Ingredients
  1. 3 cups powdered sugar
  2. 2/3 cups Hershey's Special Dark Cocoa
  3. 3 tablespoons strong coffee
  4. 2 teaspoons vanilla
  5. 1/2 cup butter, softened
  6. 4 tablespoons half and half
Instructions
  1. In a medium bowl, stir together the powdered sugar and cocoa until it's fully incorporated. In a separate small bowl, mix together the coffee and vanilla.
  2. In a stand-mixer or with a hand mixer, beat the softened butter on medium speed until it has lightened a bit in color and is creamy. Starting with the cocoa mixture, add a small amount to the butter and beat on low speed until it is fully incorporated. Add a splash of the coffee mixture to the butter and beat until it is fully incorporated. Alternate between the cocoa mixture and coffee mixture until it has all been combined, scraping the sides of the bowl as needed.
  3. Add the half and half, one tablespoon at a time and mix until combined.
Notes
  1. Recipe is attributed to "Big Book of BBQ".
Adapted from Big Book of BBQ
Adapted from Big Book of BBQ
Fine Craft Living http://www.finecraftliving.com/
 Disclaimer: this post contains an affiliate link and has been labeled as such for full transparency. 

Where to Eat on "the Circle" in Waco, TX: Rudy's and Whataburger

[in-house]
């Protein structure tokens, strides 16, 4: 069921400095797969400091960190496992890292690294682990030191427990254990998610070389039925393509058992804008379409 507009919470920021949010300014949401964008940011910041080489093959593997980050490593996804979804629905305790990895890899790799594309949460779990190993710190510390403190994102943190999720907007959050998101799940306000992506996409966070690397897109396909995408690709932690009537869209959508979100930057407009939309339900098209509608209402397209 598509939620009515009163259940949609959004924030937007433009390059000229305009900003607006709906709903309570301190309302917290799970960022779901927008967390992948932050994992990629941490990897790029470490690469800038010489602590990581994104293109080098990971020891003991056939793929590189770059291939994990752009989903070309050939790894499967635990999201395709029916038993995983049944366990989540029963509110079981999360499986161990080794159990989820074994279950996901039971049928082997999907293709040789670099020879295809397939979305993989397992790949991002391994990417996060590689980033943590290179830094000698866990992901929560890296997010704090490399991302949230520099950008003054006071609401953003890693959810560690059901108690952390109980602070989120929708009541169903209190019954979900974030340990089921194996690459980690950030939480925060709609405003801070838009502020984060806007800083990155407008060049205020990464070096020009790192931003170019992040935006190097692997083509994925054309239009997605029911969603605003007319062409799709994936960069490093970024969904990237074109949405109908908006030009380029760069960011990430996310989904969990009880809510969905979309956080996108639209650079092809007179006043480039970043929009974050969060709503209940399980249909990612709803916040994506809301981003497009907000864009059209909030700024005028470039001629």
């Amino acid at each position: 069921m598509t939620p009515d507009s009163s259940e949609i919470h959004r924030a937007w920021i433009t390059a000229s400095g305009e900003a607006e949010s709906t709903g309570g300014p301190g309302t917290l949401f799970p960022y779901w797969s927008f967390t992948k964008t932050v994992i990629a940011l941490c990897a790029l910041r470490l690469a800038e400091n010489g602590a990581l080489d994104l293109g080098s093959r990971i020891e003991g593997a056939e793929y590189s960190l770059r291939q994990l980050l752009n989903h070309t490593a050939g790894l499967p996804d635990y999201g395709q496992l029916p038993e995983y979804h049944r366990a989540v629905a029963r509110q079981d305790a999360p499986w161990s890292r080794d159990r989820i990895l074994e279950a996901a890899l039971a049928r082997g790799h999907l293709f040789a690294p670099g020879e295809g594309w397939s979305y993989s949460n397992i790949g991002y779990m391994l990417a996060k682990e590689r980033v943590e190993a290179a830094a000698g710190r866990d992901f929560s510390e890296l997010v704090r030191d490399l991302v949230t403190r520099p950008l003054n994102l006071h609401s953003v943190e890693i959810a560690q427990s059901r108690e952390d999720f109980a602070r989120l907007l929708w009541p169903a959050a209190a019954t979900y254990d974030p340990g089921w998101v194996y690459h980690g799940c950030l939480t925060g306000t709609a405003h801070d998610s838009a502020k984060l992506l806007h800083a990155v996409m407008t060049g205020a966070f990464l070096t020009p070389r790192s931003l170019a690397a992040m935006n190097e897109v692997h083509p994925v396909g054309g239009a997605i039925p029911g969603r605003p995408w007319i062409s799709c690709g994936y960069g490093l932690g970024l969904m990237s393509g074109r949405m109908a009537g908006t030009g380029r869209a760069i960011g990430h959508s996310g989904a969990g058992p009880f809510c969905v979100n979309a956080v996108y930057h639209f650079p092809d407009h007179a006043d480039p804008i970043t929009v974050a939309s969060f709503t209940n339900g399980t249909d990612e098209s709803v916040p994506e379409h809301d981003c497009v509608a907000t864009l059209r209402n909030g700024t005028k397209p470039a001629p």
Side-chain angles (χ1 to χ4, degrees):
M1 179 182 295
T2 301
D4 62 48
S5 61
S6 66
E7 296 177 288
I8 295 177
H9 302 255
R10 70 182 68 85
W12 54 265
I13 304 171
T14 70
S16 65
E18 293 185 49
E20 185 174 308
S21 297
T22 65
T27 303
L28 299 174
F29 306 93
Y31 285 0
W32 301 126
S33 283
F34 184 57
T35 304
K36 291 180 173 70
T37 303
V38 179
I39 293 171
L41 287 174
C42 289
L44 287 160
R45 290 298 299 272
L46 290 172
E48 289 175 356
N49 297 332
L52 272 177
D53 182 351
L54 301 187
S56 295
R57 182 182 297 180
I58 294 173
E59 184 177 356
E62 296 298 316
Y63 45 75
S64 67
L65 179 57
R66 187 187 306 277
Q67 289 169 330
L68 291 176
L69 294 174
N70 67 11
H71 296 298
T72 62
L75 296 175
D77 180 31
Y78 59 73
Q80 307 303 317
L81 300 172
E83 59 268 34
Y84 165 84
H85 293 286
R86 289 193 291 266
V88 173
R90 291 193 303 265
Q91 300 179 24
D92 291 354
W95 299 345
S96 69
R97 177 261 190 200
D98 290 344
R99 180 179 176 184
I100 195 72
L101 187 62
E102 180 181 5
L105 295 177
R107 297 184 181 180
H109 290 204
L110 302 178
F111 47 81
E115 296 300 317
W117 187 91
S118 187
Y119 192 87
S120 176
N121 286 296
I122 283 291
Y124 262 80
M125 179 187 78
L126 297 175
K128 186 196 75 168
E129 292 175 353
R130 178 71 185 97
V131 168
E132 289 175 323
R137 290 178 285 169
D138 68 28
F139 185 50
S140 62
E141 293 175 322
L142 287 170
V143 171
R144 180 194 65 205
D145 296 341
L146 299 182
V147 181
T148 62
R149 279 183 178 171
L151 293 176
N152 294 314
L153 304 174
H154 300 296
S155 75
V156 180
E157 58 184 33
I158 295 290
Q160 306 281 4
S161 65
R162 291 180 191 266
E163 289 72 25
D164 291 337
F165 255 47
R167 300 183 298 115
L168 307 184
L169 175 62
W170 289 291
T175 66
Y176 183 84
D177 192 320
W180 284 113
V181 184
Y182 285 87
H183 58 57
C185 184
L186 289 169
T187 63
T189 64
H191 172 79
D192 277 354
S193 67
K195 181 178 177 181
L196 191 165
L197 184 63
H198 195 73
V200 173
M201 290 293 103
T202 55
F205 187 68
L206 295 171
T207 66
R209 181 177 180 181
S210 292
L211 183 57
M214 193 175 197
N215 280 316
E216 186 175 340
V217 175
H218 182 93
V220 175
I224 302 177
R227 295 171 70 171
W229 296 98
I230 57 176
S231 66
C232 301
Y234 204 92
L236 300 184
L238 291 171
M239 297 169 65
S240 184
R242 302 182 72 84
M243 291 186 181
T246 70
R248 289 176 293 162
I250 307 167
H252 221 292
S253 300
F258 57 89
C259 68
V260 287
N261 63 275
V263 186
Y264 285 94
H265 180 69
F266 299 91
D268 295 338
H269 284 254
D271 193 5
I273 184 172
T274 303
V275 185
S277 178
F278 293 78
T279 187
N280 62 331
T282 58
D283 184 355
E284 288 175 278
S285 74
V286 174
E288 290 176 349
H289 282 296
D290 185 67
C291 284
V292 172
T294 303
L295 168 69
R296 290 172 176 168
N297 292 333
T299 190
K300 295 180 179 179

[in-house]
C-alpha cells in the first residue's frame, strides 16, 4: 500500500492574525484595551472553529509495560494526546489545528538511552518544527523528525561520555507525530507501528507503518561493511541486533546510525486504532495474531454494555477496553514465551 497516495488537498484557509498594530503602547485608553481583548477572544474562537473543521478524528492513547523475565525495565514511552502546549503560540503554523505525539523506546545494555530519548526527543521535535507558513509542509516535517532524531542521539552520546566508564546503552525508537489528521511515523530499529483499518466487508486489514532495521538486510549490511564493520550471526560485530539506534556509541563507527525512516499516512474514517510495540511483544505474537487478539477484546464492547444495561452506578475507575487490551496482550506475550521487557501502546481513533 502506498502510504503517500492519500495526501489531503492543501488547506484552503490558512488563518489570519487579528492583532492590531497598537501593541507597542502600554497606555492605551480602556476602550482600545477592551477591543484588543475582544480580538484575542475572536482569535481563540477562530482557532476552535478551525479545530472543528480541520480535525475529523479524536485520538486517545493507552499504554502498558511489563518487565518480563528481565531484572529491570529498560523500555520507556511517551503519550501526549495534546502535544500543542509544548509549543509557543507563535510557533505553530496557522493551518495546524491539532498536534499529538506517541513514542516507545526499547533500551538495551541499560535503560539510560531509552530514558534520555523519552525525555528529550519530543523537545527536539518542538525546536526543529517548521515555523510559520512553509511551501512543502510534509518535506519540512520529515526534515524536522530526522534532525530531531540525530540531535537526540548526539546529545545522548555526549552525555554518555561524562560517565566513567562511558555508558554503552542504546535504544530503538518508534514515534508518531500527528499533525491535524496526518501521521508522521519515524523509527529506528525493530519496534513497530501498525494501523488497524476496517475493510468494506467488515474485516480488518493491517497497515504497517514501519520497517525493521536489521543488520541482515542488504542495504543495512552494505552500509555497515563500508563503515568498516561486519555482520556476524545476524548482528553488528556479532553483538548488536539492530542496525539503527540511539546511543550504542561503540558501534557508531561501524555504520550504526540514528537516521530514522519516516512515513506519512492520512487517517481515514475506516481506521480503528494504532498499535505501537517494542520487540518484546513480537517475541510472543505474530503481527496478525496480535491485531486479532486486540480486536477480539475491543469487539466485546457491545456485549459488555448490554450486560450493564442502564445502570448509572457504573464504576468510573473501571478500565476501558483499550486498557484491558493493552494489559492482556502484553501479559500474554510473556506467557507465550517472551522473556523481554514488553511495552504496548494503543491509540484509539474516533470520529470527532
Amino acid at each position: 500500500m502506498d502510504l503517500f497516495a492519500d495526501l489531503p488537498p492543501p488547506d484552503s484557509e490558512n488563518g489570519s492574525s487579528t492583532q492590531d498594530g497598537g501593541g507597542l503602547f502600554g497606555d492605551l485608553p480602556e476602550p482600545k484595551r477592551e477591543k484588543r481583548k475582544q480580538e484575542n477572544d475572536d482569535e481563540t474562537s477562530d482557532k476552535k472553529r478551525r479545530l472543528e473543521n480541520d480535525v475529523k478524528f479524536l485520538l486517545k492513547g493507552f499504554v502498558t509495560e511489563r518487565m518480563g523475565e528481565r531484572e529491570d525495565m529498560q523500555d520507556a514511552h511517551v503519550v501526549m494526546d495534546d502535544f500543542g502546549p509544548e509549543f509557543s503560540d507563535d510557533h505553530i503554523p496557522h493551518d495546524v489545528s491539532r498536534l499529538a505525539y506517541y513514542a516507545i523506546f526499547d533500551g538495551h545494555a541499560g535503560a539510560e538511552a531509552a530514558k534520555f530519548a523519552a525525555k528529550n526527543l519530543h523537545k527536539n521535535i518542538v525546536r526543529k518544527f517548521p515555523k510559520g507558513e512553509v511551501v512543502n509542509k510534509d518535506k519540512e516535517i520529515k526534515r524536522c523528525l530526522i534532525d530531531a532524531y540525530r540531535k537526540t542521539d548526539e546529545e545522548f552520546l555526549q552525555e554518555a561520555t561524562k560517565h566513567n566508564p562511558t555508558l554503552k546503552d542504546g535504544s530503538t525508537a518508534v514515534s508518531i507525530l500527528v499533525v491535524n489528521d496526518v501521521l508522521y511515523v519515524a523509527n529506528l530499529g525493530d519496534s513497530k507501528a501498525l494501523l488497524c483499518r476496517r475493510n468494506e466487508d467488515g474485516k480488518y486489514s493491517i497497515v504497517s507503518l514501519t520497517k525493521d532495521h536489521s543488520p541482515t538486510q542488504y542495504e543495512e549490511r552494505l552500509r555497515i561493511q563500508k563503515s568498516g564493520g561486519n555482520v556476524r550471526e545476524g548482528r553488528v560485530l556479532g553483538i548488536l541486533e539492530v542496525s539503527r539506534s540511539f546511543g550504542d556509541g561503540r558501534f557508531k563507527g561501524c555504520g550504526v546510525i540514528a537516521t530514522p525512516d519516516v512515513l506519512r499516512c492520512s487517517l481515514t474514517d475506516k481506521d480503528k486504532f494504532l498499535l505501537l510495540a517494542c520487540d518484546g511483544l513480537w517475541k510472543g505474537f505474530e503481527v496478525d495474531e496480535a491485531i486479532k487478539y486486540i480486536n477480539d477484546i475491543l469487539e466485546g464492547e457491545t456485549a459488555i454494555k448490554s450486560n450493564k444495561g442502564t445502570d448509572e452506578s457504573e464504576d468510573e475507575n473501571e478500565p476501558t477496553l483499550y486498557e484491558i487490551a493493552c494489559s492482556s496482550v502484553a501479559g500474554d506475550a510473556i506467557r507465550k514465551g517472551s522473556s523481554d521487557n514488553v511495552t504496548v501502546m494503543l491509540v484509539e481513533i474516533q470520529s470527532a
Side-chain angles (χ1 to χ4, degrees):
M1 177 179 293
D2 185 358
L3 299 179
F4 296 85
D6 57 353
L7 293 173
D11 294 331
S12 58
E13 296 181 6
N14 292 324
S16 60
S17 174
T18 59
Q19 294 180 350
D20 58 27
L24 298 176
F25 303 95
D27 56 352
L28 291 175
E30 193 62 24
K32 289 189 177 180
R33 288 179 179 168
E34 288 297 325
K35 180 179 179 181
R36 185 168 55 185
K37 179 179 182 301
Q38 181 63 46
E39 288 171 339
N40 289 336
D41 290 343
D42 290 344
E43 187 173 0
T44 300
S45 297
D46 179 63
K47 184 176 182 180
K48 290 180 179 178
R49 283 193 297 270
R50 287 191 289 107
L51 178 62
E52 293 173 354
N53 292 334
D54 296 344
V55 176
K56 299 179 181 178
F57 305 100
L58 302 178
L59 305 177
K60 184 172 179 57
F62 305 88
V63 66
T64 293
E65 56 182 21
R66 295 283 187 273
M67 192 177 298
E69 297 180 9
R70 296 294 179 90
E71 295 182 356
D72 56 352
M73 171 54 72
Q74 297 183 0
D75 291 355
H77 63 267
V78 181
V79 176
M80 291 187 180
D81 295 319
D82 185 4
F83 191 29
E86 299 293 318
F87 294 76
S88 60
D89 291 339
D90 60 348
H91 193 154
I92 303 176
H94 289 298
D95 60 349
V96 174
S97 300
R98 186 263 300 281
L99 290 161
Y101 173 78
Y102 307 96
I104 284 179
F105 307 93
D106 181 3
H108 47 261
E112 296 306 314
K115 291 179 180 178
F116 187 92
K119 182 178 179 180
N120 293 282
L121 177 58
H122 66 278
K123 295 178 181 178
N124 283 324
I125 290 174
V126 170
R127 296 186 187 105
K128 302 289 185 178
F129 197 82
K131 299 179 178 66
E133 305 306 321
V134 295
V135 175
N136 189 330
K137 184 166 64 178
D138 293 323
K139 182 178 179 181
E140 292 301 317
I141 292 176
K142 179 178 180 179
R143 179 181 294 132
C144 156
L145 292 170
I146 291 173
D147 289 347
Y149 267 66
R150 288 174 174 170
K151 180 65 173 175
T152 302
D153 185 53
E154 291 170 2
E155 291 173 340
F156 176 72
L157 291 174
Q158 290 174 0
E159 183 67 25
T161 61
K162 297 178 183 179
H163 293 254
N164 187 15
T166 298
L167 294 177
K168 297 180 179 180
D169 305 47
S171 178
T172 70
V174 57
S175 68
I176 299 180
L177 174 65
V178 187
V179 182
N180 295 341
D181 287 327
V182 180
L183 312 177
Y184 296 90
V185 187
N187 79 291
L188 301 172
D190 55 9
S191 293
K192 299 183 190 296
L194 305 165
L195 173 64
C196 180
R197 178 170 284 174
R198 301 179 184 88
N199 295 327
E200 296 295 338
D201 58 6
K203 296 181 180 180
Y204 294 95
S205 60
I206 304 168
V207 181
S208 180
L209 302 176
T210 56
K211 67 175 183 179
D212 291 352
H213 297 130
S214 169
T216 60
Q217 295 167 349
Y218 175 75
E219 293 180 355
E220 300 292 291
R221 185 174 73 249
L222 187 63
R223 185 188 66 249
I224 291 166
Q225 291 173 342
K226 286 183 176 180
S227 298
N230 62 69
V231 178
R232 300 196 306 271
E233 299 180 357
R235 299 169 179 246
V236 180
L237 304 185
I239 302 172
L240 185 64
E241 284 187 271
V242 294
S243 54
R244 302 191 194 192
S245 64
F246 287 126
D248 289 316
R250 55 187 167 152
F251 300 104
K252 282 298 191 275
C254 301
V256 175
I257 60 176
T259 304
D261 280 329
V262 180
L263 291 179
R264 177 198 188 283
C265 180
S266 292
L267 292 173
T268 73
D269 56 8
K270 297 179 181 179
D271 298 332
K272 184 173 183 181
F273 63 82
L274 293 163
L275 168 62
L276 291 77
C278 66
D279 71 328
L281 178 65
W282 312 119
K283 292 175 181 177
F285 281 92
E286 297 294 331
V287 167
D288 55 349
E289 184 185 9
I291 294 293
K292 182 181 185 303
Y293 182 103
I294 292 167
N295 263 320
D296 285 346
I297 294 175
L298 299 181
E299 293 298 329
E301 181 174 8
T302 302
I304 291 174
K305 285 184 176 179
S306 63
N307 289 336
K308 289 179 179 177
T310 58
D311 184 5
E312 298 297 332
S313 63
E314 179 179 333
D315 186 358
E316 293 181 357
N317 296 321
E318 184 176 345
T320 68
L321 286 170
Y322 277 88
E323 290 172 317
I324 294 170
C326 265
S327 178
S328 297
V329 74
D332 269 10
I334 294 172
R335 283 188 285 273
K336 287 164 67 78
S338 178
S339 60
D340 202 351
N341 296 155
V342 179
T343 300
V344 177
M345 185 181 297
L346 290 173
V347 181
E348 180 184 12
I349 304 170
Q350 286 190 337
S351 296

Where to Eat on “the Circle” in Waco, TX: Rudy’s and Whataburger

Waco, TX, is a convenient near-halfway point when traveling on I-35 from Dallas to Austin. Rudy’s and Whataburger are located around what is sometimes appropriately called The Circle, a large roundabout with an open star-struck center and various restaurants and other buildings like mechanic shops,  all refusing to give up on  the glories of yesteryear.

Rudy’s was our first stop at The Circle. We saw signs for miles, teasing us with their “Country Store and Bar-B-Q”, and when we finally arrived we knew there was no other option. First meal in Texas at a Texan BBQ joint?

Yes, please.

More, please.

The first thing I noticed at Rudy’s wasn’t the gift shop with various branded sauces and rubs and it wasn’t the prolific collection of antique-looking signs and memorabilia on every wall.

It was the scent.

The scent of wood-smoked meats mouthwateringly and lasciviously wrapped its insistent tendrils around my face and made a home inside my nose-place.